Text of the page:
Fabricius (2011) Comparison of aquatic- and land-based plyometric training on power, speed and agility in adolescent rugby union players

The purpose of the study was to compare the effectiveness of an aquatic- and land based plyometric programme upon selected, sport-specific performance variables in adolescent male, rugby union players. A group of 52 rugby players (age: 16.3 ± 0.8 years, height: 176 ± 6.9 cm and body mass: 76.1 ± 11.9 kg) were randomly assigned to one of three groups: aquatic-group (n=18), land-group (n=17), and a control-group (n=17). Prior to and after the seven weeks of training, the power, agility and speed of participants were assessed by means of Fitrodyne repeated countermovement jumps, the Sergeant vertical jump,
the Illinois agility test, a standing broad jump, and a 10- and 40- metre sprint. All three groups maintained their summer extra-curricular sport commitments during the intervention period.

When the three groups were analysed, no significant differences were found between the groups with regard to all tested performance variables. With regard to within group changes, the aquatic-group improved significantly (p<0.05) in the Illinois agility test, performed to the right. The land-group showed significant (p<0.05) improvements in peak concentric power during Fitrodyne repeated countermovement jumps. All groups reflected highly significant (p<0.01) improvements in the Sergeant vertical jump. None of the groups displayed any improvements in sprint speed. The control was the only group to improve significantly in the standing broad jump (p<0.05).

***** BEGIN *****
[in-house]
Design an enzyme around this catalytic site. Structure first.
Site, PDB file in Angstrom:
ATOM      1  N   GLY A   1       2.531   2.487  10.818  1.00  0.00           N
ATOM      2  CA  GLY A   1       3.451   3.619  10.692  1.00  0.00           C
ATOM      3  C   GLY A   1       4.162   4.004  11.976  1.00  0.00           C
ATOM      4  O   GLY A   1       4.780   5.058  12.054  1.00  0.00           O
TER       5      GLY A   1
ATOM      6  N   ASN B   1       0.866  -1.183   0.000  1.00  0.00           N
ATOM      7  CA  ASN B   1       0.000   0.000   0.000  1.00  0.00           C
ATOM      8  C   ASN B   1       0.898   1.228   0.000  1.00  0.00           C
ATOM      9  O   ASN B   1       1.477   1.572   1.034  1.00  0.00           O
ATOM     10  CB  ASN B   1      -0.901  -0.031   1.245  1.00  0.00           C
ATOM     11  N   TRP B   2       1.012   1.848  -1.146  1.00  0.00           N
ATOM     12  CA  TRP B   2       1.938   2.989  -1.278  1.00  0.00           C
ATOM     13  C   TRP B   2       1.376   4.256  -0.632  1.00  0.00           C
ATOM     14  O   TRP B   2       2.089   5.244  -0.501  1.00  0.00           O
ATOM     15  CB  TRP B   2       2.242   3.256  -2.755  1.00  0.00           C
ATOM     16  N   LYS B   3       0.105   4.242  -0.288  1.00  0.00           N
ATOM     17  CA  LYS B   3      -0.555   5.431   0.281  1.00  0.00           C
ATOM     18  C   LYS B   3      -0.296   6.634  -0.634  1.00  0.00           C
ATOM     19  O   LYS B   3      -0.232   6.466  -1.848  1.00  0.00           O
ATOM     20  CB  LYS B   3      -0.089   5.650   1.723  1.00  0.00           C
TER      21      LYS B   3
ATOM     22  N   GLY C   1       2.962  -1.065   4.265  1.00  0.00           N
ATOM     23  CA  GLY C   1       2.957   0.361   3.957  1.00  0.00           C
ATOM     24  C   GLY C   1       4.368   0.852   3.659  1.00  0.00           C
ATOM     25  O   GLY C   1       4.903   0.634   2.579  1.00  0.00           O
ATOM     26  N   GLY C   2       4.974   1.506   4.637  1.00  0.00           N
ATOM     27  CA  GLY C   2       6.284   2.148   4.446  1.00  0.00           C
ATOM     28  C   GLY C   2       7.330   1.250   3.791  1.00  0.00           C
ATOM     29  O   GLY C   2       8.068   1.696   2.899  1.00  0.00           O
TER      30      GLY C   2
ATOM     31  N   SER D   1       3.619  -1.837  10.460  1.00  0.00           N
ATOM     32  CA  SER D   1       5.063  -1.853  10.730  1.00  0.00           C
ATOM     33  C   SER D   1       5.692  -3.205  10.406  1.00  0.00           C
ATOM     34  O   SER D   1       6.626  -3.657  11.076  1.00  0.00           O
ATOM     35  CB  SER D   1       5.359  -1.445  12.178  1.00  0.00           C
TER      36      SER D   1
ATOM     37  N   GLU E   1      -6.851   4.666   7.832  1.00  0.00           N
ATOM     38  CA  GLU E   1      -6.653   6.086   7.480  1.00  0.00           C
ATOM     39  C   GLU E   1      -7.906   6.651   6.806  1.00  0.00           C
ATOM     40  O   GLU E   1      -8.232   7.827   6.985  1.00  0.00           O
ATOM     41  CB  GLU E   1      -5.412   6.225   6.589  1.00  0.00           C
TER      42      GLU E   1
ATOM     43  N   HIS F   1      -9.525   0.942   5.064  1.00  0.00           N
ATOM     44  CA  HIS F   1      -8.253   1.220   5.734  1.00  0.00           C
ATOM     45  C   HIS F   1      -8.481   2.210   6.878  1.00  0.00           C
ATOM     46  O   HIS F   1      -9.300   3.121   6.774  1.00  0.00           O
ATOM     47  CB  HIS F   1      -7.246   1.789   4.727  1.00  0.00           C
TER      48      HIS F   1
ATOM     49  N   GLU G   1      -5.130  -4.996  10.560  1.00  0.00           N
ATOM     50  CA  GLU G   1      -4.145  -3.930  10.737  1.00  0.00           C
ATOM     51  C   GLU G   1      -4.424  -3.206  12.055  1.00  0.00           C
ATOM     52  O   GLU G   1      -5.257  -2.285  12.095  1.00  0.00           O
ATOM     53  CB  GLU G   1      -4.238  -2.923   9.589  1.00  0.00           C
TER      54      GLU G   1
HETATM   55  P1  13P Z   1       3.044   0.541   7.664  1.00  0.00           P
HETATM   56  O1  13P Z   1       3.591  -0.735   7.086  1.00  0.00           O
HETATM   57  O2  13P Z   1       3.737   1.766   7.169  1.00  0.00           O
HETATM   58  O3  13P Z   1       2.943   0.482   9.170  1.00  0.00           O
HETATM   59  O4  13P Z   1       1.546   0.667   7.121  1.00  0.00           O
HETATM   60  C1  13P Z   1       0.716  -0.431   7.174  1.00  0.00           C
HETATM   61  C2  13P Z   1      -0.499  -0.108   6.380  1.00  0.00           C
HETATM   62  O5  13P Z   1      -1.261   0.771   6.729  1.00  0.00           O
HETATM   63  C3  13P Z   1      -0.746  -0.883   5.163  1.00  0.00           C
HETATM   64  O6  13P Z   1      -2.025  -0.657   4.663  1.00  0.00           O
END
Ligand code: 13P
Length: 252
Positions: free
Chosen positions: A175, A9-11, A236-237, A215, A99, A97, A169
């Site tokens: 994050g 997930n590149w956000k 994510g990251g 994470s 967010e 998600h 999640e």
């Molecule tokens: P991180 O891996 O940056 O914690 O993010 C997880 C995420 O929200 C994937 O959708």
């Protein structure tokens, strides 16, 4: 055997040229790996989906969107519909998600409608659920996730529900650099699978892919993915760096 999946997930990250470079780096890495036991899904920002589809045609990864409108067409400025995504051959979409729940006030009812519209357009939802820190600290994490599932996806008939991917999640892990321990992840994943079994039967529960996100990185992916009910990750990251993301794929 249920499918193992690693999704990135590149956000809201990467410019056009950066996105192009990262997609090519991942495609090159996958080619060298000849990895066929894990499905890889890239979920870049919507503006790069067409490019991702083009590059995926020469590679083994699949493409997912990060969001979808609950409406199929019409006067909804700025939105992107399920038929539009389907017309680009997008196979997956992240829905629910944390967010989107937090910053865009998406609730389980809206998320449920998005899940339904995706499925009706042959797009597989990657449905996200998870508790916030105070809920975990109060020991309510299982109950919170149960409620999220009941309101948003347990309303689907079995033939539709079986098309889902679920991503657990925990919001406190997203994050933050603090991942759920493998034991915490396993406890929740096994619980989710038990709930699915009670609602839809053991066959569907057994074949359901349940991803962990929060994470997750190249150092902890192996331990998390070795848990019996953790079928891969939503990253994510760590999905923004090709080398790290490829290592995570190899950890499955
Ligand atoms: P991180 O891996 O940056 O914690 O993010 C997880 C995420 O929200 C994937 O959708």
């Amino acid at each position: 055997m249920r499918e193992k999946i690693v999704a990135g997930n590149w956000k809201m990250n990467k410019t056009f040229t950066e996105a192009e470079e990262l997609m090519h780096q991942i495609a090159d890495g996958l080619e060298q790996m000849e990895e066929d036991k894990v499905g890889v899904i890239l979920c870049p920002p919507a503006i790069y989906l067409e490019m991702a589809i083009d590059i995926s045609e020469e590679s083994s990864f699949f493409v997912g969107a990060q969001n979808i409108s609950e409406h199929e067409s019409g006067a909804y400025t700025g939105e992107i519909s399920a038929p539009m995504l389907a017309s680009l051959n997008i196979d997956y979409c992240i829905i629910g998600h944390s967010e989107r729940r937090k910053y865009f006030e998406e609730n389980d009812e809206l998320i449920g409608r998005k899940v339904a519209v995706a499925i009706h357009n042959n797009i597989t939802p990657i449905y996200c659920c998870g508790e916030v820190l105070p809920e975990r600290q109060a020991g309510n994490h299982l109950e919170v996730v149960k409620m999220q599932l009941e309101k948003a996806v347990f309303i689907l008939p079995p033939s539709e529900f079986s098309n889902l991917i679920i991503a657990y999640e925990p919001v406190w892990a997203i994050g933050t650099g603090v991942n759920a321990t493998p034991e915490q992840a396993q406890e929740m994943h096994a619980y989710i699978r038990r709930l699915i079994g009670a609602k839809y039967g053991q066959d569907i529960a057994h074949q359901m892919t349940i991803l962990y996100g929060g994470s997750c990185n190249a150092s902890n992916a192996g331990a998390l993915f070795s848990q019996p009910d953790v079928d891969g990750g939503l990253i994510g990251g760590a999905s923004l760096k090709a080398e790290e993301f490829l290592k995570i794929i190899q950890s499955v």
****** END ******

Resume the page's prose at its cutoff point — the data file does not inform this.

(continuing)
Land-based plyometric training might be a functionally superior training modality for athletes, although aquatic plyometrics could also offer an effective training modality for performance enhancement in power-based sports such as rugby union football. Aquatic-based plyometrics should not completely replace land-based plyometrics, as it might not adequately develop the specific neuromuscular patterns or functional needs of explosive sports.

Keywords: water, plyometric training, power, vertical jump, rugby union

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